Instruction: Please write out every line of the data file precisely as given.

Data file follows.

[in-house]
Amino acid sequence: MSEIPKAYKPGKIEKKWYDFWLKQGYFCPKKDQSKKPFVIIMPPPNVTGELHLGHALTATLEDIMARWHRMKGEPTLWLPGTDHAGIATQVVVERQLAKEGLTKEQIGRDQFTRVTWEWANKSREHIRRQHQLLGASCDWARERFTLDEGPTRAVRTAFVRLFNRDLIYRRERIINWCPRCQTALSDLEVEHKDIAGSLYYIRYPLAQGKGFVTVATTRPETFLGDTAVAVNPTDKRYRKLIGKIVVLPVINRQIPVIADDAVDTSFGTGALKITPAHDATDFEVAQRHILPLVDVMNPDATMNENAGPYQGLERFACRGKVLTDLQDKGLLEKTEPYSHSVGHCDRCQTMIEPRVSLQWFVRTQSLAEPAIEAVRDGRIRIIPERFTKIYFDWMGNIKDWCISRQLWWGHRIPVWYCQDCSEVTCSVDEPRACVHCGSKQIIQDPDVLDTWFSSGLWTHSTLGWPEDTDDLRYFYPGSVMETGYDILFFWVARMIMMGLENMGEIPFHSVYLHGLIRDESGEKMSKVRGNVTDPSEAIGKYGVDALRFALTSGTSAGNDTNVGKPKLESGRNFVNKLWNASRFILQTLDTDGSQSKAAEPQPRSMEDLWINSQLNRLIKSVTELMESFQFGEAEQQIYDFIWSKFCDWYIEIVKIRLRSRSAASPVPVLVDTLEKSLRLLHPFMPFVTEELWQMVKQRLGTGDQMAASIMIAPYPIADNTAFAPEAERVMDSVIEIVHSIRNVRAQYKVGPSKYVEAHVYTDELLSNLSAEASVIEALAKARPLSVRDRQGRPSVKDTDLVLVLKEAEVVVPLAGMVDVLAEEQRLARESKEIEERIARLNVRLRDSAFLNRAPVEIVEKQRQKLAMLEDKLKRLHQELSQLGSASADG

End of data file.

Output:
[in-house]
Amino acid sequence: MSEIPKAYKPGKIEKKWYDFWLKQGYFCPKKDQSKKPFVIIMPPPNVTGELHLGHALTATLEDIMARWHRMKGEPTLWLPGTDHAGIATQVVVERQLAKEGLTKEQIGRDQFTRVTWEWANKSREHIRRQHQLLGASCDWARERFTLDEGPTRAVRTAFVRLFNRDLIYRRERIINWCPRCQTALSDLEVEHKDIAGSLYYIRYPLAQGKGFVTVATTRPETFLGDTAVAVNPTDKRYRKLIGKIVVLPVINRQIPVIADDAVDTSFGTGALKITPAHDATDFEVAQRHILPLVDVMNPDATMNENAGPYQGLERFACRGKVLTDLQDKGLLEKTEPYSHSVGHCDRCQTMIEPRVSLQWFVRTQSLAEPAIEAVRDGRIRIIPERFTKIYFDWMGNIKDWCISRQLWWGHRIPVWYCQDCSEVTCSVDEPRACVHCGSKQIIQDPDVLDTWFSSGLWTHSTLGWPEDTDDLRYFYPGSVMETGYDILFFWVARMIMMGLENMGEIPFHSVYLHGLIRDESGEKMSKVRGNVTDPSEAIGKYGVDALRFALTSGTSAGNDTNVGKPKLESGRNFVNKLWNASRFILQTLDTDGSQSKAAEPQPRSMEDLWINSQLNRLIKSVTELMESFQFGEAEQQIYDFIWSKFCDWYIEIVKIRLRSRSAASPVPVLVDTLEKSLRLLHPFMPFVTEELWQMVKQRLGTGDQMAASIMIAPYPIADNTAFAPEAERVMDSVIEIVHSIRNVRAQYKVGPSKYVEAHVYTDELLSNLSAEASVIEALAKARPLSVRDRQGRPSVKDTDLVLVLKEAEVVVPLAGMVDVLAEEQRLARESKEIEERIARLNVRLRDSAFLNRAPVEIVEKQRQKLAMLEDKLKRLHQELSQLGSASADG